Fidget spinners are one of the hottest fads at the moment, and they have even gone high-tech. Unfortunately, quality control seems to be woefully lacking. Not only are these toys proving to be a red-hot sales item, they are also literally hot. As in, overheating and catching fire. There have been multiple reports of these Bluetooth-enabled spinners bursting into flames while charging.
Kimberly Allums, a mother in Gardendale, Alabama, describes a harrowing incident involving her son, who had plugged in his Bluetooth fidget spinner to charge it. Later on she heard her son screaming from upstairs.
"He noticed that it burst into flames and he just started screaming," Allums told WBRC, a local news affiliate. "I was downstairs and all I heard was 'Fire! Fire!' and the fidget spinner had literally...It wasn't smoking, it was in flames."
Screen Capture Source: WBRC Fox 6 News
Allums claims the fidget spinner had not even been on the charger for a full 45 minutes when it overheated and caught on fire. Luckily for her, she and her son had not yet left the house for the day, which they had planned to do. Had no one been home, there is a good chance the family would have returned to a burned down home.
"I just really want people to be aware of this because a lot of people have been inboxing me reaching out to me leaving messages saying my child has this same fidget spinner. Anytime, you have anything that needs to be charged, we really need to be paying attention to the manufactures of these, doing our research," Allums added.
Allums says she attempted to contact the company that makes these fidget spinners but could not find any identifying information on the box other than "Made in China." The Consumer Product Safety Commission is currently investigating the incident, though it is not the only one of its kind.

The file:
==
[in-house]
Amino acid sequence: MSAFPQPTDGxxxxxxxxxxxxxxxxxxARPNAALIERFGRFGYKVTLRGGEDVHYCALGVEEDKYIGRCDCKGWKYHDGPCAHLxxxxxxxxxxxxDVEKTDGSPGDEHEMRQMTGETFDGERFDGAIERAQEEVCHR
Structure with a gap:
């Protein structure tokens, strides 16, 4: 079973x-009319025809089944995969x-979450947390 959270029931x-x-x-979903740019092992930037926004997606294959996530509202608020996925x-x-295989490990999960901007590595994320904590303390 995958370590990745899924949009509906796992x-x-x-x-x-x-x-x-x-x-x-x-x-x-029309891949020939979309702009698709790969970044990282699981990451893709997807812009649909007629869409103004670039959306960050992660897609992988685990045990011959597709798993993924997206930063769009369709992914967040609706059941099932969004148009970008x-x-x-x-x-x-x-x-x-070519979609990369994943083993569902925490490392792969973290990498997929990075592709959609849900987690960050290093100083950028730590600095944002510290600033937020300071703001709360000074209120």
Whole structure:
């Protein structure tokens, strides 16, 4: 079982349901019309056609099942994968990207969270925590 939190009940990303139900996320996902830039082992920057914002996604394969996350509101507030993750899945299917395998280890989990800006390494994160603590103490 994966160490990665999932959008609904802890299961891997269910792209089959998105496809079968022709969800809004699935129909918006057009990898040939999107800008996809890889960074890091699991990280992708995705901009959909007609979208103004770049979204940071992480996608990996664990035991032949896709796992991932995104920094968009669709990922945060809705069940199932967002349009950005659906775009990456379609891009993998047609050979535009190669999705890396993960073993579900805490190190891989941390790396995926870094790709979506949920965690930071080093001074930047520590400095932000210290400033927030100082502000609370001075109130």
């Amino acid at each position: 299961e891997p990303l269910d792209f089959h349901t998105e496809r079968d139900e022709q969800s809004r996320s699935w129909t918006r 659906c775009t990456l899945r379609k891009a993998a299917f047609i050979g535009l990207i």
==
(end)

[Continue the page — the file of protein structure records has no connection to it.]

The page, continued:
Over 740 miles north of where this occurred, a mother in Fenton, Michigan describes a similar incident. What is different about her story is that she bought the fidget spinner for herself as a distraction from smoking cigarettes.
"I guess as a smoker, you don't smoke as much," Michell Carr of Fenton told a local NBC news affiliate. "If they're in your hands, you're fidgeting with them, you don't smoke."
The distraction that fidget spinners provide is part of the reason why they are so popular, especially among children with ADHD. Unfortunately for Carr, her spinner proved faulty. After less than 30 minutes on the charger, it caught fire. Carr claims she used the same cord to charge the device that she uses for her baby monitor, as the fidget spinner did not come with one of its own. It also did not come with directions.
Sadly, these types of incidents are not all that uncommon. Remember when hoverboards were the popular toy not that long ago? There were also prone to overheating and catching fire. In fact, just three months ago it was a reported that a 3-year-old girl in Pennsylvania died in a house fire that was started by a charging hoverboard. While there have been other reports of fires involving hoverboards, the Pennsylvania child was the first person in the U.S. to die as a result.
Over the years we have also seen reports of exploding iPhone devices involving third-party charges. More recently, Samsung had to recall its Galaxy Note 7 handset after several complaints of the phone catching fire and causing both personal and property damage.
What can you do to mitigate the risk of something like this happening? For one, use only approved charging cords and adapters. Cheap knockoffs made in China are not built with the same safety protocols in place. And secondly, make sure you are home when charging a device. While not always convenient, it is a good idea to unplug electronic devices (including laptops) before leaving your home.
Thumbnail Image Capture: NBC25News.com